Marked nominative language

A marked nominative language is a language with an unusual morphosyntactic alignment similar to, and often considered a subtype of, a nominative–accusative alignment. In a prototypical nominative–accusative language with a grammatical case system, like Latin, the object of a verb is marked for accusative case, and the subject of the verb may or may not be marked for nominative case. The nominative, whether or not marked morphologically, is also used as the citation form of the noun. In a Marked nominative system, on the other hand; it is the Nominative case alone that is usually marked morphologically, and it is the unmarked Accusative case that is used as the citation form of the noun.[1]


Marked nominative languages are relatively rare. They are well-documented in only two regions of the world: in northeastern Africa, where they occur in many languages of the Cushitic, Omotic and Berber branches of the Afroasiatic family, as well as in the Surmic and Nilotic languages of the Eastern Sudanic family;[2] and in the southwestern United States and adjacent parts of Mexico, where they are characteristic of the Yuman family. Other languages interpreted by some authors as having a marked nominative system include Igbo, Aymara and Wappo. It is also proposed that marked-nominative alignment can be reconstructed for the ancestor of the Afroasiatic languages, viz. Proto-Afroasiatic.[3]

Germanic languages, such as Gothic, Old Norse, Icelandic and Faroese also appear to have used/use a marked nominative. The table below shows an abbreviated declension of Gothic dags, Old Norse dagr, Icelandic dagur and Faroese dagur, 'day' (note that Indo-European linguistic tradition uses the nominative as the citation form, whether marked or not) both of which show a marked nominative and an unmarked accusative:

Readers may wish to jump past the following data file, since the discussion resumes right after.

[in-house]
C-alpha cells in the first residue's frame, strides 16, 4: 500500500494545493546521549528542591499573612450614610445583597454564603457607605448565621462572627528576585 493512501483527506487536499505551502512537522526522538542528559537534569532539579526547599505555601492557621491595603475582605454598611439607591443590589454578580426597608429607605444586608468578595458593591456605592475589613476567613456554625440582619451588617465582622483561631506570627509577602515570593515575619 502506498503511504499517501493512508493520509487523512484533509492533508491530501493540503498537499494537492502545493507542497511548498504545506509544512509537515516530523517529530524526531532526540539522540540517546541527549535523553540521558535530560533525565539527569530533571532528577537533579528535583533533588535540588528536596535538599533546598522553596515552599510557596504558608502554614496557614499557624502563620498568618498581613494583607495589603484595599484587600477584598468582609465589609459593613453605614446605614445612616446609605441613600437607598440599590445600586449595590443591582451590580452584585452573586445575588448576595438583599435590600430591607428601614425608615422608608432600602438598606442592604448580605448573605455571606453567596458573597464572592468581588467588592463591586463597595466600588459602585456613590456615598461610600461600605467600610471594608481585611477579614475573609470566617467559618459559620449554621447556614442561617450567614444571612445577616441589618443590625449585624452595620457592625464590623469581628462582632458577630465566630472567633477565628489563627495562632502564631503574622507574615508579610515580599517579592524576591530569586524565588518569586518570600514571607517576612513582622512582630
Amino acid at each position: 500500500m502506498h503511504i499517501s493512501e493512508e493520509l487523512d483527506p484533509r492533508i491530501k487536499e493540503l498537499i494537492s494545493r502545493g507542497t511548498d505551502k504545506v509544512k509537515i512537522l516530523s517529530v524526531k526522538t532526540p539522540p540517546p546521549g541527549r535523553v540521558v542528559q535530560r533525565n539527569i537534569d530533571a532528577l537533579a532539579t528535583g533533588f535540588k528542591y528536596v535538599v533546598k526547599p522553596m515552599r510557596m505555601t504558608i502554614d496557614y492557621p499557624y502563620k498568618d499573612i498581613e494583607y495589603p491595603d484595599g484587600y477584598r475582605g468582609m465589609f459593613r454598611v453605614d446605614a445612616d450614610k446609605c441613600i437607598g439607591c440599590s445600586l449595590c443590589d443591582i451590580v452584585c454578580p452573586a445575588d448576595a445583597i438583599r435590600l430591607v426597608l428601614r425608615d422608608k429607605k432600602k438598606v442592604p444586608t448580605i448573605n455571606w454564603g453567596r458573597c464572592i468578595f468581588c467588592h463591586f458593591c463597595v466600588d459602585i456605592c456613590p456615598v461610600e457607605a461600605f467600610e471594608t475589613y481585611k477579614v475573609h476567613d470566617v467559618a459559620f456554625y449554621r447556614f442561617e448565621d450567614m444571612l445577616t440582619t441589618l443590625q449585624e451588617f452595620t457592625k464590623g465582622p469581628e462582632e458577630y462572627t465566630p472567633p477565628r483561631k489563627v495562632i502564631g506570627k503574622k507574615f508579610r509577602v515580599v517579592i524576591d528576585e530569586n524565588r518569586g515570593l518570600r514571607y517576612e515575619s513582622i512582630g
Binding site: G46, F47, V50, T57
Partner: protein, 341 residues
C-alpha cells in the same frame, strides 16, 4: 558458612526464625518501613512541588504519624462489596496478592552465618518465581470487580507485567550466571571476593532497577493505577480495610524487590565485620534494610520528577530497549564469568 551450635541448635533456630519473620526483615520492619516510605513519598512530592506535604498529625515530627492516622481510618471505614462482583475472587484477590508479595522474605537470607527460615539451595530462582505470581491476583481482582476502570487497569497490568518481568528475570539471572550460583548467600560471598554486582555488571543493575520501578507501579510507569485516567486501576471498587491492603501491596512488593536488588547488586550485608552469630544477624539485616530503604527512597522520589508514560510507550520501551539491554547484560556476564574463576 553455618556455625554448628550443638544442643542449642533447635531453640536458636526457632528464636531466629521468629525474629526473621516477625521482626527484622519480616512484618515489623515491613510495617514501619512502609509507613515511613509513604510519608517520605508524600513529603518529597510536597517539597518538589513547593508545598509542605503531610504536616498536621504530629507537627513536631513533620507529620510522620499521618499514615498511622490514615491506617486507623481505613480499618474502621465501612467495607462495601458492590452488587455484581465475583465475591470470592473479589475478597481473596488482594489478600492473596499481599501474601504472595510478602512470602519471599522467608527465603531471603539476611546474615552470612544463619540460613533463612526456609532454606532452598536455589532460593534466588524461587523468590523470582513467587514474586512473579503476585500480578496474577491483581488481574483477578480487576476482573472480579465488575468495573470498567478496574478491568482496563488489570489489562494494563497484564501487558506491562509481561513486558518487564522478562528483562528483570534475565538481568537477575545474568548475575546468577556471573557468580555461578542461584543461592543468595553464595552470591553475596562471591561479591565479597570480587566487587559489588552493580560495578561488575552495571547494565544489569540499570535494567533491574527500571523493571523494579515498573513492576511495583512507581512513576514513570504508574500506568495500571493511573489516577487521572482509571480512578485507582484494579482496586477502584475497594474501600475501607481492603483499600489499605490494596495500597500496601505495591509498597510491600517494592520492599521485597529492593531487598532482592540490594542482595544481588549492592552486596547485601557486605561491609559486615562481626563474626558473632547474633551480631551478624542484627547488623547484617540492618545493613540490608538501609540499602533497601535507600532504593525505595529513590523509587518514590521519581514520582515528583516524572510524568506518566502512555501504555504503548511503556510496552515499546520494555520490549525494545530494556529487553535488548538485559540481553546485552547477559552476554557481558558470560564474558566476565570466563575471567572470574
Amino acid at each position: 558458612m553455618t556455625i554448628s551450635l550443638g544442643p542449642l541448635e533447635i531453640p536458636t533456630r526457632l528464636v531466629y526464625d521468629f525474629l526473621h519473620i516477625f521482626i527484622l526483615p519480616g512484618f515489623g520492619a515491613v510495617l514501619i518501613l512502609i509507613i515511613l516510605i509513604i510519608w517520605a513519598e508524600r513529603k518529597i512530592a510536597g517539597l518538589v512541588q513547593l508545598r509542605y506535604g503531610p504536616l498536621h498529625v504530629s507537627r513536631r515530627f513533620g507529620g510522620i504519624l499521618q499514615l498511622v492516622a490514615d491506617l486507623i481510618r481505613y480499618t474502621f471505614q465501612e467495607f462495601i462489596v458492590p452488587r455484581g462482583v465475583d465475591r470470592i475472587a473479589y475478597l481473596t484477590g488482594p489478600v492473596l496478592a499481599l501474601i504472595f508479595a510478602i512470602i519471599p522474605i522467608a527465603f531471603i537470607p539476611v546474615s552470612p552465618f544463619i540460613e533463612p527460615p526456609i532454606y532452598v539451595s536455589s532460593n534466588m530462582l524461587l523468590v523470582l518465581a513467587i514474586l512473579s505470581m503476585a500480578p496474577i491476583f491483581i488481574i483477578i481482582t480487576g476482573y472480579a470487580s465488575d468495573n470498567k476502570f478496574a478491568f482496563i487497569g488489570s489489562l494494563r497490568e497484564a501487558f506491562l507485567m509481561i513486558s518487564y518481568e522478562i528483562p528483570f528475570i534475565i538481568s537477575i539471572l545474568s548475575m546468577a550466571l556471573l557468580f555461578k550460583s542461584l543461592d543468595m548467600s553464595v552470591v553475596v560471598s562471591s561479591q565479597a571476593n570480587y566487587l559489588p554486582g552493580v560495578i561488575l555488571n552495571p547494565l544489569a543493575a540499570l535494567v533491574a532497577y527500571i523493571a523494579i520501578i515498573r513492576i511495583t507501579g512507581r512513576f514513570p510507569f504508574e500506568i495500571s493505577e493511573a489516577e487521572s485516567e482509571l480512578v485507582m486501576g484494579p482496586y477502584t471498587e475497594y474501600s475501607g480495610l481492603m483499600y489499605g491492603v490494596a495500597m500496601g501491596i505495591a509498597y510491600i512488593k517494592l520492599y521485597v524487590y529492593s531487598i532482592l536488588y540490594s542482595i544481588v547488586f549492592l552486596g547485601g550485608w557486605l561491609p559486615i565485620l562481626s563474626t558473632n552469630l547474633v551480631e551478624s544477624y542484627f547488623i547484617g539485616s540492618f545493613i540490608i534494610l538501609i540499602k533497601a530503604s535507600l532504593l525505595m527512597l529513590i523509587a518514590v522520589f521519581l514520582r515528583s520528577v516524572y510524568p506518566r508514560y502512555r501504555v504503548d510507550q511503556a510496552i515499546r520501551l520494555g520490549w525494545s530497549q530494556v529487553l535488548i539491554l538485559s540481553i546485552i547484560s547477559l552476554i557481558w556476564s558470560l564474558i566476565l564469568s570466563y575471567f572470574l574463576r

GothicOld NorseIcelandicFaroese

The above nominative markers descend from Proto-Indo-European */-s/ and are therefore cognate with other nominative forms, such as Latin -us and Lithuanian -as. The accusative marker, however (*/-m/ in Proto-Indo-European), was lost entirely, producing a marked nominative. Most modern Germanic languages have merged the nominative and accusative cases, but Icelandic and Faroese have preserved the nominative form -ur in masculine nouns.

In Yuman and many of the Cushitic languages, however, the nominative is not always marked, for reasons which are not known; there may, therefore, not be a strict case system but rather reflect discourse patterns or other non-semantic parameters. However, the Yuman language Havasupai is reported to have a purely syntactic case system, with a suffix marking all subjects of transitive and intransitive verbs but not of the copula; in the Nilotic language Datooga, the system is also reported to be purely syntactic.

As in many Nilotic languages, Datooga case is marked by tone. The absolutive case has the unpredictable tone of the citation form of the noun, but the nominative is marked by a characteristic tone that obliterates this lexical tone. The tone is high for words of three syllables or less; for words with four or more syllables, the ends of the word have high tone, with a low tone in the middle of the word.

The nominative is used for subjects following the verb; the absolutive with the copula, with subjects in focus position before the verb and in all other situations.

See also


  1. Dixon 1994, pp. 63–67
  2. König, Christa (2008). Case in Africa. Oxford: Oxford University Press.
  3. Satzinger, Helmut (2018). "Did Proto-Afroasiatic have Marked Nominative or Nominative-Accusative Alignment?". In Tosco, Mauro (ed.). Afroasiatic: Data and prespectives. Amsterdam: John Benjamins. pp. 11–22. Open-access preprint version available.


  • Dixon, Robert M. W. (1994). Ergativity. Cambridge: Cambridge University Press.
  • Hinton, Leanne (1984). Havasupai songs : a linguistic perspective
  • Kießling, Roland (2007). "The 'marked nominative' in Datooga", Journal of African languages and linguistics, vol. 28, no2, pp. 149–191
  • The World Atlas of Language Structures Online
This article is issued from Wikipedia. The text is licensed under Creative Commons - Attribution - Sharealike. Additional terms may apply for the media files.